The Program in Law and Public Affairs invites you to join us Thursday, November 10 at 4:30 PM for a Public Panel Discussion on “Before (and After) Roe v. Wade: New Perspectives on Backlash” with Linda Greenhouse and Reva Siegel of Yale Law School.
Christopher Eisgruber, Provost, Princeton University
Michael Mc Cann, Crane/LAPA Fellow; University of Washington
- Gordon Silverstein, University of Connecticut School of Law
Professors Greenhouse and Siegel write: "Today, many Americans blame the Supreme Court for polarizing conflict over abortion. If only the Court had stayed its hand or decided Roe v. Wade on narrower grounds, they argue, the nation would have reached a political settlement and avoided backlash. We examine the escalation of the abortion conflict during the decade before Roe and ask what it teaches us about the logic of conflict in the decades following. Where others have deplored the abortion conflict as resulting from courts "shutting down politics," we approach the abortion conflict as an expression of politics – a conflict in which the Supreme Court was not the only or even the most important actor."
This event is free and open to the public.
Linda Greenhouse is a Senior Research Scholar in Law, the Knight Distinguished Journalist in Residence and Joseph Goldstein Lecturer in Law at Yale Law School. She covered the Supreme Court for The New York Times between 1978 and 2008 and currently writes a biweekly column on law. Ms. Greenhouse is a fellow of the American Academy of Arts and Sciences, where she serves on the council, and is one of two non-lawyer honorary members of the American Law Institute, which in 2002 awarded her its Henry J. Friendly Medal. She is a member of the Council of the American Philosophical Society, which in 2005 awarded her its Henry Allen Moe Prize for writing in the humanities and jurisprudence. She is a member of the Harvard University Board of Overseers and of the Senate of Phi Beta Kappa. She is a 1968 graduate of Radcliffe College (Harvard), where she was elected to Phi Beta Kappa. She earned a Master of Studies in Law degree from Yale Law School (1978), which she attended on a Ford Foundation fellowship.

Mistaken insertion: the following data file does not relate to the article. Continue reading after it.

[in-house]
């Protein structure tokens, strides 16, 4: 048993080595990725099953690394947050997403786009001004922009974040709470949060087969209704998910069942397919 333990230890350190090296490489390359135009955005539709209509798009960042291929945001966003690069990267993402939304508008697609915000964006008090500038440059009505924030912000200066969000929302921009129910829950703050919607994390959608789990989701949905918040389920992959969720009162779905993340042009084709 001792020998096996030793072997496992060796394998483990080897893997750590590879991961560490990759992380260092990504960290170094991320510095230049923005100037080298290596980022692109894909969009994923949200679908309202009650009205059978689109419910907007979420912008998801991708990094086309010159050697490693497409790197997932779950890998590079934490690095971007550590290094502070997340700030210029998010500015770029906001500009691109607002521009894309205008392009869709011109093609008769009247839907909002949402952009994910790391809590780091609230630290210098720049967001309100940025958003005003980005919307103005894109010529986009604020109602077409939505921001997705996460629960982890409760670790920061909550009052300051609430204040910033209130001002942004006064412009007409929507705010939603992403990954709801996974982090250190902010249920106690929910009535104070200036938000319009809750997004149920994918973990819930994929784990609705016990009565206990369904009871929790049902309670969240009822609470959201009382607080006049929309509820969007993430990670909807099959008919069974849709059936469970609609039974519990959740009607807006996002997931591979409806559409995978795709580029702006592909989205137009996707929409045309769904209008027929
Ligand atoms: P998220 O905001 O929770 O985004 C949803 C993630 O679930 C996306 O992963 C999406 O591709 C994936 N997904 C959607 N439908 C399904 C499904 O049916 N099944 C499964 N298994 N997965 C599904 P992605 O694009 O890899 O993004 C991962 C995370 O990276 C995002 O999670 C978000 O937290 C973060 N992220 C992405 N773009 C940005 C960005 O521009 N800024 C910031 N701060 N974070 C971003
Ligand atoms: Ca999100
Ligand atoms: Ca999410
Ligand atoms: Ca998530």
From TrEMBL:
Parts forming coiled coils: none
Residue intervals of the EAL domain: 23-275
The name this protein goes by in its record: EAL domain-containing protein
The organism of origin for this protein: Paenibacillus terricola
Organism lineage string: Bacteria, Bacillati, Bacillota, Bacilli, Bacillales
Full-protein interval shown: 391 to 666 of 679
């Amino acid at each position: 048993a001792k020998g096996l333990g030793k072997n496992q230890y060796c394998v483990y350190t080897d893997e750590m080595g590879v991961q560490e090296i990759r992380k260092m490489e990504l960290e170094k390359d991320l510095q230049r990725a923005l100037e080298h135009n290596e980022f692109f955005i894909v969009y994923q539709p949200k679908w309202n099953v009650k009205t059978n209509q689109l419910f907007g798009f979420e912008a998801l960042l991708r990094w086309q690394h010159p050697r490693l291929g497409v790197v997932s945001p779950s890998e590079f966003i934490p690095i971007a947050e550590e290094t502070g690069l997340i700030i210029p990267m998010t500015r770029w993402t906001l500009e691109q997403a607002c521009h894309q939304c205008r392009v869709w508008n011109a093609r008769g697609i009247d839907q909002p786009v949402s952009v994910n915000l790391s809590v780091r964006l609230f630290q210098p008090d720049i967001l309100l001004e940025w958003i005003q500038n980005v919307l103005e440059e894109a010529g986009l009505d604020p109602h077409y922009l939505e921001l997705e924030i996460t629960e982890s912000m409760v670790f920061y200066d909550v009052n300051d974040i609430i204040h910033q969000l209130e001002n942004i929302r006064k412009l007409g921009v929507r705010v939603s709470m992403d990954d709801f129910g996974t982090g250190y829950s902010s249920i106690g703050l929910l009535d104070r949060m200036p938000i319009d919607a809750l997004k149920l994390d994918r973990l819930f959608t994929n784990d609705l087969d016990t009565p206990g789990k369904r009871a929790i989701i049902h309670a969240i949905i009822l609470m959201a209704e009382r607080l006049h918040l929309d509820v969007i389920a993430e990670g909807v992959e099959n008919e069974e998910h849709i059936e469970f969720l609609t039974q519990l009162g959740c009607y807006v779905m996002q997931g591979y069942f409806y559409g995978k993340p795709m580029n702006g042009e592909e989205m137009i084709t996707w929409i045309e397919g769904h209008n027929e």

Reva Siegel is the Nicholas deB. Katzenbach Professor of Law at Yale University. Professor Siegel's writing draws on legal history to explore questions of law and inequality, and to analyze how courts interact with representative government and popular movements in interpreting the Constitution. She is currently writing on the role of social movement conflict in guiding constitutional change, in debates over race equality, originalism and gun rights, sex discrimination, and reproductive rights: http://www.law.yale.edu/faculty/siegelpublications.htm. Her publications include Before Roe v. Wade: Voices That Shaped the Abortion Debate Before the Supreme Court's Ruling (with Linda Greenhouse, 2010); The Constitution in 2020 (edited with Jack Balkin, 2009); Processes of Constitutional Decisionmaking (with Brest, Levinson, Balkin & Amar, 2006) and Directions in Sexual Harassment Law (edited with Catharine A. MacKinnon, 2004). Professor Siegel is a member of the American Academy of Arts and Sciences, and serves in the American Society for Legal History, the American Association of Law Schools, and the American Constitution Society.